Tag Archives: Trinidad and Tobago

BOCAS – YEAR TWO

Peeped this one over at the Caribbean Literary Salon which had picked it up from the Trinidad Guardian. It’s the Bocas Literary Prize which debuted last year as an entity with the first prize being won by that giant of Caribbean literature, Nobel Prize winning Derek Walcott. It’s set the bar high but perhaps that’s as it should be with a US$10,000 jackpot. The referenced article announces the launch of the 2012 prize in which books released in 2011 by writers who are Caribbean by either birth or citizenship, resident anywhere in the world, are eligible. “The best book is chosen from the winner in each of three categories—non-fiction, fiction and poetry,” the article reminds. “The judges will produce a shortlist in March and the winner will be announced on April 28, 2012 at an award ceremony that is a highlight of the four-day Bocas Lit Fest, held annually on the last weekend of April at the National Library in Port-of-Spain.”

I really want to try to get to Trinidad for the April 26th to 28th 2012 Bocas Festival, though, with my next book dropping in 2012, I won’t be eligible for prize consideration until 2013. *fingers crossed*

It really sounds like a fun, stimulating event; and I almost always find literary fests both motivating and entertaining. So…

If you want to check out Bocas, either just to be there, or to throw your book into the ring; here’s where you go to find out more.

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Caribbean writers singled out in Commonwealth Short Story competition

Winners of the 2011 Commonwealth Short Story competition have been announced and there are two Caribbean-ers among them. The first is Barbara Jenkins of Trinidad and Tobago: Regional Winner from the Caribbean for her story Head Not Made For Hat Alone. “I wrote the story,” she’s quoted as saying, “after a particularly dystopian  morning on the road. Everything in the story is real – culled from a  number of experiences and observations. So perhaps the writing was a  sort of catharsis?”

I should note that I first came across Jenkins’ name recently when flipping through Volume 24 of the Caribbean Writer: on the page announcing the year’s prize winners her head-thrown-back-in-full-laugh picture as the Winner of the Canute A. Brodhurst Prize for Short Fiction was two slots above the picture announcing me as the Winner of the David Hough Literary Prize for a Writer Living in the Caribbean. Kind of cool to be two degrees of (no not Kevin Bacon but) separation away from a winner of the highly competitive Commownwealth Short Story Competition. I can think of only two Antiguans and Barbudans who made the cut in recent years, Hazra Medica, whose story, the Banana Stains, was among those Highly Commended in 2008 and Mary Geo Quinn  whose story, Joe, was similarly Highly Commended in 2002 Commonwealth Short Story Winners 2002.

Winning is kind of a big deal given the international scope of the competition as noted by the other Caribbean notable of 2011, Diane Brown, a Jamaican whose story, The Happiness Dress, won a Special Prize as a Story for Children. She said, “Winning this special prize for a short story for  children is a singular honour. This acknowledgement of the work of a  local writer of children’s fiction gives that writing an international  platform.”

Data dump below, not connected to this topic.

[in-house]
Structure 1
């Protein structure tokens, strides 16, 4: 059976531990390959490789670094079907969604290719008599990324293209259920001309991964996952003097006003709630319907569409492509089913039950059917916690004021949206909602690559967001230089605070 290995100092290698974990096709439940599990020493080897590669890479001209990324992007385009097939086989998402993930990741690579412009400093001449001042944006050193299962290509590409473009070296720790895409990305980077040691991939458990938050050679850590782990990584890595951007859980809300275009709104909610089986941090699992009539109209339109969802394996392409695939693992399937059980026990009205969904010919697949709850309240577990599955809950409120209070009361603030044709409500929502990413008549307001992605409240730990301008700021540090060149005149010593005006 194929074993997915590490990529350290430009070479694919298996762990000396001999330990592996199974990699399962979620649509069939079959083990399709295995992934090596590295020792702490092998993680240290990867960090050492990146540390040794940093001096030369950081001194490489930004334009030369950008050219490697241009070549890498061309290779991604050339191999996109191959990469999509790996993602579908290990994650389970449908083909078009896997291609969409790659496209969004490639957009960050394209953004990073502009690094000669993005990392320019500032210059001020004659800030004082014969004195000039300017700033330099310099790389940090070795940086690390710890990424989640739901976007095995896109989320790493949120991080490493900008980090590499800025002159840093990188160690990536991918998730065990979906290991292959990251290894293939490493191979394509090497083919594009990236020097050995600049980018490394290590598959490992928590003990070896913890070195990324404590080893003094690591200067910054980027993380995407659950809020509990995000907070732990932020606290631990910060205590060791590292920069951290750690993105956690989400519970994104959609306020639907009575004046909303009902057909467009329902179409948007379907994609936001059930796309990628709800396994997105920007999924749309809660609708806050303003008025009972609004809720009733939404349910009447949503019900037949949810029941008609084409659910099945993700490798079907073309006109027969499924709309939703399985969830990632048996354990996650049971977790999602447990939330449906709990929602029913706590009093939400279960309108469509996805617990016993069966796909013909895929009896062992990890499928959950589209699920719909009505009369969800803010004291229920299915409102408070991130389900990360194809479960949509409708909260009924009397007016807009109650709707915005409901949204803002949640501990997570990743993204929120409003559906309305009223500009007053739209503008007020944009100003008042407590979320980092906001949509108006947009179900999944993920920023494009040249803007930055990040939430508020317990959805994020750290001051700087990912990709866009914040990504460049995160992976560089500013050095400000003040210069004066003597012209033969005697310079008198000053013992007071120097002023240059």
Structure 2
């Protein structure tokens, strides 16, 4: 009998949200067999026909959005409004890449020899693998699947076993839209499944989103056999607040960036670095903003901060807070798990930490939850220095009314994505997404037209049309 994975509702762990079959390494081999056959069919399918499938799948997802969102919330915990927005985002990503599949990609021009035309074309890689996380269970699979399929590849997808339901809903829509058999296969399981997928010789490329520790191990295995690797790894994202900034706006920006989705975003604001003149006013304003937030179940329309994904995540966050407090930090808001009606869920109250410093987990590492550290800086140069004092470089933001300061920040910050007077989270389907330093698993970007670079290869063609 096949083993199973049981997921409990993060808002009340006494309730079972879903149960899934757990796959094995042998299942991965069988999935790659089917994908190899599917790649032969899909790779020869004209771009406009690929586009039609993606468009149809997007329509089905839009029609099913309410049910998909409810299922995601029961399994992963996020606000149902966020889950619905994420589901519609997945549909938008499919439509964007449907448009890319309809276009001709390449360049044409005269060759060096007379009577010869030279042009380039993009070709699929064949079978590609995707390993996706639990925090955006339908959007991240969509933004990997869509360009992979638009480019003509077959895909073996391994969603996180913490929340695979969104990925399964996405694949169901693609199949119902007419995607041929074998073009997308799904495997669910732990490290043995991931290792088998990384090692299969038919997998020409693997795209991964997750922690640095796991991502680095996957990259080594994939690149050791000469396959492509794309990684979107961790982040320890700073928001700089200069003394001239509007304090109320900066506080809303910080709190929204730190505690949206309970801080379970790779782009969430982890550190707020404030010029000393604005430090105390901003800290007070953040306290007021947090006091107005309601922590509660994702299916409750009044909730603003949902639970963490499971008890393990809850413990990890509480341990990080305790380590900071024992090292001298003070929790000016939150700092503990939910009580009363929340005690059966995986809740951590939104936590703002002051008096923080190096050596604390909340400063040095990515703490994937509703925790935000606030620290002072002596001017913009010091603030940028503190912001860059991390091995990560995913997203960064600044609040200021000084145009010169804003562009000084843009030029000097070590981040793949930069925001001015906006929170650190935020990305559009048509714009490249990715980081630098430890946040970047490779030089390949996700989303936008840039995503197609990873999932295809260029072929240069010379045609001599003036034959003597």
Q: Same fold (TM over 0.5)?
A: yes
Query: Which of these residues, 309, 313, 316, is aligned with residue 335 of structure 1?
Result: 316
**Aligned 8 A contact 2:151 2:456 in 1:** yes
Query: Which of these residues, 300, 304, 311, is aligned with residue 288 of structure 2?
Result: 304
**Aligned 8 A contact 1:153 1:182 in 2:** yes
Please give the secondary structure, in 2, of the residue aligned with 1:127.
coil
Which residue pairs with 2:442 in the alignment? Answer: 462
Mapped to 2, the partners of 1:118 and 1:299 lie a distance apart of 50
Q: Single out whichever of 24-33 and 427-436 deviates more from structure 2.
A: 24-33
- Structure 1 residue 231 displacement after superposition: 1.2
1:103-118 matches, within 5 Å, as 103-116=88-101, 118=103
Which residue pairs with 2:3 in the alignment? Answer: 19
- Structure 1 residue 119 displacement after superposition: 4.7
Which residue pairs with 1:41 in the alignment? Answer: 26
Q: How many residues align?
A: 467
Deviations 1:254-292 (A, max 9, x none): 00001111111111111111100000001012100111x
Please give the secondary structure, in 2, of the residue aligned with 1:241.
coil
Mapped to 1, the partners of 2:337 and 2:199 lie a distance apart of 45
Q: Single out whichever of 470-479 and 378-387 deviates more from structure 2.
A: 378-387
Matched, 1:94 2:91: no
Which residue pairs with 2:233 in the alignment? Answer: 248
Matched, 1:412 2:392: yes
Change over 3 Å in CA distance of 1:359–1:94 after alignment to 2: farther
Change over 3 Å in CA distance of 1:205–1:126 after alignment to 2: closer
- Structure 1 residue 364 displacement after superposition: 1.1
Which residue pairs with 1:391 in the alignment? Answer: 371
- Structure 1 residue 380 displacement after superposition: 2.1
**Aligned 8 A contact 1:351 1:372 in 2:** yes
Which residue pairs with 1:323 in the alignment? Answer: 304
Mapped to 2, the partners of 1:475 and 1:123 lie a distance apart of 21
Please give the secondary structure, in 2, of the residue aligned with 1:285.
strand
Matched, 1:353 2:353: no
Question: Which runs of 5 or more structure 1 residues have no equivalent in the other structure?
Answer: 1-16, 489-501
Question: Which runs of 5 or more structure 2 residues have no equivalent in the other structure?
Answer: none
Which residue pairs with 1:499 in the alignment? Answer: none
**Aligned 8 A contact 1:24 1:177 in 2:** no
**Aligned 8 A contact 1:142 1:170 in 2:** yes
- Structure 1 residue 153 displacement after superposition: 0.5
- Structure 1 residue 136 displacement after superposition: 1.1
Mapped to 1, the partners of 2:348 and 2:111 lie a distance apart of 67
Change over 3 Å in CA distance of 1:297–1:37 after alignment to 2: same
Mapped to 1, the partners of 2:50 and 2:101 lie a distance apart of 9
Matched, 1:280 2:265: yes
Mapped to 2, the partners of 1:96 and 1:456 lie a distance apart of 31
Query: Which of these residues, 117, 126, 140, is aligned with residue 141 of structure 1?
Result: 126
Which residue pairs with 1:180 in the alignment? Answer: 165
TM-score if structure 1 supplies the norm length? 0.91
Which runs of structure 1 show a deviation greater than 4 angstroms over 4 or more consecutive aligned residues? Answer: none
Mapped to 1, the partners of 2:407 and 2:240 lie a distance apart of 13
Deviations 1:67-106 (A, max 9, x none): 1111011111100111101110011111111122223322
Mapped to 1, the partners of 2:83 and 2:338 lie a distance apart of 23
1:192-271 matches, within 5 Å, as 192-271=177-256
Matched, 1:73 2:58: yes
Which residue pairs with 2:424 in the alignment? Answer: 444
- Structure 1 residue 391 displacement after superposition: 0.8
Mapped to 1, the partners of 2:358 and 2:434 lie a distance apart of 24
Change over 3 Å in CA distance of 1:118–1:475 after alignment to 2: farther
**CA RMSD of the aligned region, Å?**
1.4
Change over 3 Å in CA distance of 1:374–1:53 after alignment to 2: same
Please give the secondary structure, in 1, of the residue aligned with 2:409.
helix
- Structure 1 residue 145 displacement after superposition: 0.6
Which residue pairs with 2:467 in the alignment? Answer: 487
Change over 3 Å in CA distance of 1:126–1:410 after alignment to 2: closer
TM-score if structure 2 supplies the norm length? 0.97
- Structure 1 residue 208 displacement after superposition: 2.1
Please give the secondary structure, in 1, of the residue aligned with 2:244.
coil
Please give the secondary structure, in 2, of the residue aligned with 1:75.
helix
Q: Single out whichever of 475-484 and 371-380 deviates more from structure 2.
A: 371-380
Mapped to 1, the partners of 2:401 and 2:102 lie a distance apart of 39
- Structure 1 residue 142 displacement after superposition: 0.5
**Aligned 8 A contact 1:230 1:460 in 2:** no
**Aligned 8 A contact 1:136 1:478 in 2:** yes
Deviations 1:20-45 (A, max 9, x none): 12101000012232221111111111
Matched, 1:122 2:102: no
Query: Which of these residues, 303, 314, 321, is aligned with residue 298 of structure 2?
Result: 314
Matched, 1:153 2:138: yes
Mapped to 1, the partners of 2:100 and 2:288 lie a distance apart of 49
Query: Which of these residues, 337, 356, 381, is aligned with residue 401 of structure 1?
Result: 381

Per a release from the Commonwealth, “a panel of international judges made the choices from over 2000 entries”. Overall 2011 winner was Philip Nash of the UK with his story Rejoinder. Best regional entries, in addition to Jenkins, were Martha by Basett Buyukah of Kenya, The Maoist by Nikesh Murali of India, and Ginger Beer by Sarah Bainbridge, New Zealand.

The winning stories – all 26 of them – will also be available in audio format. In fact, it may interest you, dear reader, to note that when I was formulating the structure for the Wadadli Pen competition back in 2003, I did a little piggy backing in terms of the word limit on the Commonwealth Short Story competition because like that competition I wanted entries to be a good and compact length for radio broadcast. So, audio recordings and distribution to media outlets of the winning entries have been part of our mission and action from day one. In fact, if you visit, Anansesem* – the Caribbean Children’s e-zine – you’ll hear some of the recordings that came out of our competition in the early years in  their special Wadadli Pen issue. If I could figure out how to do it, I’d post them here, too; and soon as I can figure out funding, we’ll do more of the same. Point is though rather than reinventing the wheel, I did take some cues re structure from the Commonwealth contest, adapting it, of course, to be its own thing relevant to our context in Antigua and Barbuda (and the Caribbean).

Anyway, that’s enough rambling. Congratulations to winners from the region, past and present, and, since the competition is an annual exercise, dare we say, future. Deadline for the next round of submissions is November 30th; details re eligibility will be posted at www.commonwealthwriters.org by October 18th according to this release posted to the Caribbean Literary Salon.

For the full list of winners and their stories, as well as back editions, go to http://www.commonwealthfoundation.com/Howwedeliver/Prizes/CommonwealthShortStoryCompetition/2011winners

THIS JUST IN: Commendation also went to Kathyann Husbands and Edwina Griffiths of Barbados, and Sonja Dumas of Trinidad and Tobago; for Love Honour and Obey, White Shoes, and Letting Cockroaches Live, respectfully.

*Please note Anansesem is currently in the process of being re-located to here.

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